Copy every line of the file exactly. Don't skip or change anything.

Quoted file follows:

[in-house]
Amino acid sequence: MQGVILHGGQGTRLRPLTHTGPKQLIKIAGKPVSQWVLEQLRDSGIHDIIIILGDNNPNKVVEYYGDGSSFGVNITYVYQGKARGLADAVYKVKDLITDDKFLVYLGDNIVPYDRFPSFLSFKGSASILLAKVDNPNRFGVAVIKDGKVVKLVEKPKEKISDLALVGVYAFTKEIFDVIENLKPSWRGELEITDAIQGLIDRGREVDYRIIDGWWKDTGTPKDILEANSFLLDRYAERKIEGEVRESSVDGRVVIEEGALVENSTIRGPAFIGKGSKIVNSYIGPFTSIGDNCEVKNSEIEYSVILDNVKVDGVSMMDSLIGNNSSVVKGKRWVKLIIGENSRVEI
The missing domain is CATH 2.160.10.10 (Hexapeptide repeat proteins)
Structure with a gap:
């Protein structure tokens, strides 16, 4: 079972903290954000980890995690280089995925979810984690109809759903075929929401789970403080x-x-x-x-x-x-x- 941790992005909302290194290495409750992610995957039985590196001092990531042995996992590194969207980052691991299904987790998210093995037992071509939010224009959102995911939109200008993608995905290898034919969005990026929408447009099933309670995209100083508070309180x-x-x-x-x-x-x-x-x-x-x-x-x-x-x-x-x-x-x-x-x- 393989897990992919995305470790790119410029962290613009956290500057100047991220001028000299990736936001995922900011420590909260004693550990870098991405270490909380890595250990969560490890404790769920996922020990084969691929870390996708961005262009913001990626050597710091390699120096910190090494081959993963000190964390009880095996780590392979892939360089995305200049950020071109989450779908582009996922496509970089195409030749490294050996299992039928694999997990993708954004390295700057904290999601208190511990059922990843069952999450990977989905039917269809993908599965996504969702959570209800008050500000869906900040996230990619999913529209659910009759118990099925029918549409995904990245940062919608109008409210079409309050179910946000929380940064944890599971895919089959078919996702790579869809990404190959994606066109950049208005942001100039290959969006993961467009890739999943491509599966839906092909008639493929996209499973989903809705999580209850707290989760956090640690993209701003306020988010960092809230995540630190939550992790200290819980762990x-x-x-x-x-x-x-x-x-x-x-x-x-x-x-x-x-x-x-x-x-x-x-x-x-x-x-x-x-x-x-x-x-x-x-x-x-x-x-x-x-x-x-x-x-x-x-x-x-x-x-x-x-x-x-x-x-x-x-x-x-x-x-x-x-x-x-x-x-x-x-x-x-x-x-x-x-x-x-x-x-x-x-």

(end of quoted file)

[in-house]
Amino acid sequence: MQGVILHGGQGTRLRPLTHTGPKQLIKIAGKPVSQWVLEQLRDSGIHDIIIILGDNNPNKVVEYYGDGSSFGVNITYVYQGKARGLADAVYKVKDLITDDKFLVYLGDNIVPYDRFPSFLSFKGSASILLAKVDNPNRFGVAVIKDGKVVKLVEKPKEKISDLALVGVYAFTKEIFDVIENLKPSWRGELEITDAIQGLIDRGREVDYRIIDGWWKDTGTPKDILEANSFLLDRYAERKIEGEVRESSVDGRVVIEEGALVENSTIRGPAFIGKGSKIVNSYIGPFTSIGDNCEVKNSEIEYSVILDNVKVDGVSMMDSLIGNNSSVVKGKRWVKLIIGENSRVEI
The missing domain is CATH 2.160.10.10 (Hexapeptide repeat proteins)
Structure with a gap:
């Protein structure tokens, strides 16, 4: 079972903290954000980890995690280089995925979810984690109809759903075929929401789970403080x-x-x-x-x-x-x- 941790992005909302290194290495409750992610995957039985590196001092990531042995996992590194969207980052691991299904987790998210093995037992071509939010224009959102995911939109200008993608995905290898034919969005990026929408447009099933309670995209100083508070309180x-x-x-x-x-x-x-x-x-x-x-x-x-x-x-x-x-x-x-x-x- 393989897990992919995305470790790119410029962290613009956290500057100047991220001028000299990736936001995922900011420590909260004693550990870098991405270490909380890595250990969560490890404790769920996922020990084969691929870390996708961005262009913001990626050597710091390699120096910190090494081959993963000190964390009880095996780590392979892939360089995305200049950020071109989450779908582009996922496509970089195409030749490294050996299992039928694999997990993708954004390295700057904290999601208190511990059922990843069952999450990977989905039917269809993908599965996504969702959570209800008050500000869906900040996230990619999913529209659910009759118990099925029918549409995904990245940062919608109008409210079409309050179910946000929380940064944890599971895919089959078919996702790579869809990404190959994606066109950049208005942001100039290959969006993961467009890739999943491509599966839906092909008639493929996209499973989903809705999580209850707290989760956090640690993209701003306020988010960092809230995540630190939550992790200290819980762990x-x-x-x-x-x-x-x-x-x-x-x-x-x-x-x-x-x-x-x-x-x-x-x-x-x-x-x-x-x-x-x-x-x-x-x-x-x-x-x-x-x-x-x-x-x-x-x-x-x-x-x-x-x-x-x-x-x-x-x-x-x-x-x-x-x-x-x-x-x-x-x-x-x-x-x-x-x-x-x-x-x-x-």